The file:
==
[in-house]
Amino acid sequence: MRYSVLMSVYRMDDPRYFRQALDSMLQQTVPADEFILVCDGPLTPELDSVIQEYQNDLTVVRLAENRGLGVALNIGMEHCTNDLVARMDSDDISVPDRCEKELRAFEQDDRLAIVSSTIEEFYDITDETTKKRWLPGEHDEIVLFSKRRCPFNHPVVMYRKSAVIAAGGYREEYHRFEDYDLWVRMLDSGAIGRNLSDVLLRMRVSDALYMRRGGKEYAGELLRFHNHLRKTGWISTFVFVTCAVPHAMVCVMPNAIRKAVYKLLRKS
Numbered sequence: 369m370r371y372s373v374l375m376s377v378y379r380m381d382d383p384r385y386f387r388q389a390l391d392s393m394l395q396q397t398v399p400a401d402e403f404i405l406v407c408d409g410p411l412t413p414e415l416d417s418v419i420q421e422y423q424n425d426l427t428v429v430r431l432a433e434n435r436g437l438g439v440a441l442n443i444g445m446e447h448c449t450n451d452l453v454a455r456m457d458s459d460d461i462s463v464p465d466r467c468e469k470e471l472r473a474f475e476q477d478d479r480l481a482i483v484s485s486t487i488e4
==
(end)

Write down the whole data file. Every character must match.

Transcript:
[in-house]
Amino acid sequence: MRYSVLMSVYRMDDPRYFRQALDSMLQQTVPADEFILVCDGPLTPELDSVIQEYQNDLTVVRLAENRGLGVALNIGMEHCTNDLVARMDSDDISVPDRCEKELRAFEQDDRLAIVSSTIEEFYDITDETTKKRWLPGEHDEIVLFSKRRCPFNHPVVMYRKSAVIAAGGYREEYHRFEDYDLWVRMLDSGAIGRNLSDVLLRMRVSDALYMRRGGKEYAGELLRFHNHLRKTGWISTFVFVTCAVPHAMVCVMPNAIRKAVYKLLRKS
Numbered sequence: 369m370r371y372s373v374l375m376s377v378y379r380m381d382d383p384r385y386f387r388q389a390l391d392s393m394l395q396q397t398v399p400a401d402e403f404i405l406v407c408d409g410p411l412t413p414e415l416d417s418v419i420q421e422y423q424n425d426l427t428v429v430r431l432a433e434n435r436g437l438g439v440a441l442n443i444g445m446e447h448c449t450n451d452l453v454a455r456m457d458s459d460d461i462s463v464p465d466r467c468e469k470e471l472r473a474f475e476q477d478d479r480l481a482i483v484s485s486t487i488e4